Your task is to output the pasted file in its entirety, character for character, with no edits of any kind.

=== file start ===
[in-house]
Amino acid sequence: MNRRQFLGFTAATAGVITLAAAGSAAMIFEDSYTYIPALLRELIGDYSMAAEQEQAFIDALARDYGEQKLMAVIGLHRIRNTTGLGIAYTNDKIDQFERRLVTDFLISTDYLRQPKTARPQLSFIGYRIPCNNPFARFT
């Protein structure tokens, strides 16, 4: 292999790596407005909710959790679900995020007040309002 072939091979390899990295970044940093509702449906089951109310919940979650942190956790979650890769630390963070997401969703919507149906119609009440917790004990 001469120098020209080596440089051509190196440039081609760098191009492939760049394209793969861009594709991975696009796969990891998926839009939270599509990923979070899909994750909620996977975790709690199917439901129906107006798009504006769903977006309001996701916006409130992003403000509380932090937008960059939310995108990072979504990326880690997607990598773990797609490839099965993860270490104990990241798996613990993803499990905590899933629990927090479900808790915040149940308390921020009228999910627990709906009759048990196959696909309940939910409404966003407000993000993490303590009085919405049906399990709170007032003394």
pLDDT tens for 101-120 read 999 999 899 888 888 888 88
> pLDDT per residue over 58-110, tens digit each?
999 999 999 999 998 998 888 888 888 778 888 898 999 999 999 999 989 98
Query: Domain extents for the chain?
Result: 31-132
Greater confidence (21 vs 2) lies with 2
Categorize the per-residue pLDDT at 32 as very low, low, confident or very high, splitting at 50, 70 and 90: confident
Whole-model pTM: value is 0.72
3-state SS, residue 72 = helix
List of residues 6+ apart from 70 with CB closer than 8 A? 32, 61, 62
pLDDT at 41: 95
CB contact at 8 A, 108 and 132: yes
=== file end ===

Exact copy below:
[in-house]
Amino acid sequence: MNRRQFLGFTAATAGVITLAAAGSAAMIFEDSYTYIPALLRELIGDYSMAAEQEQAFIDALARDYGEQKLMAVIGLHRIRNTTGLGIAYTNDKIDQFERRLVTDFLISTDYLRQPKTARPQLSFIGYRIPCNNPFARFT
């Protein structure tokens, strides 16, 4: 292999790596407005909710959790679900995020007040309002 072939091979390899990295970044940093509702449906089951109310919940979650942190956790979650890769630390963070997401969703919507149906119609009440917790004990 001469120098020209080596440089051509190196440039081609760098191009492939760049394209793969861009594709991975696009796969990891998926839009939270599509990923979070899909994750909620996977975790709690199917439901129906107006798009504006769903977006309001996701916006409130992003403000509380932090937008960059939310995108990072979504990326880690997607990598773990797609490839099965993860270490104990990241798996613990993803499990905590899933629990927090479900808790915040149940308390921020009228999910627990709906009759048990196959696909309940939910409404966003407000993000993490303590009085919405049906399990709170007032003394």
pLDDT tens for 101-120 read 999 999 899 888 888 888 88
> pLDDT per residue over 58-110, tens digit each?
999 999 999 999 998 998 888 888 888 778 888 898 999 999 999 999 989 98
Query: Domain extents for the chain?
Result: 31-132
Greater confidence (21 vs 2) lies with 2
Categorize the per-residue pLDDT at 32 as very low, low, confident or very high, splitting at 50, 70 and 90: confident
Whole-model pTM: value is 0.72
3-state SS, residue 72 = helix
List of residues 6+ apart from 70 with CB closer than 8 A? 32, 61, 62
pLDDT at 41: 95
CB contact at 8 A, 108 and 132: yes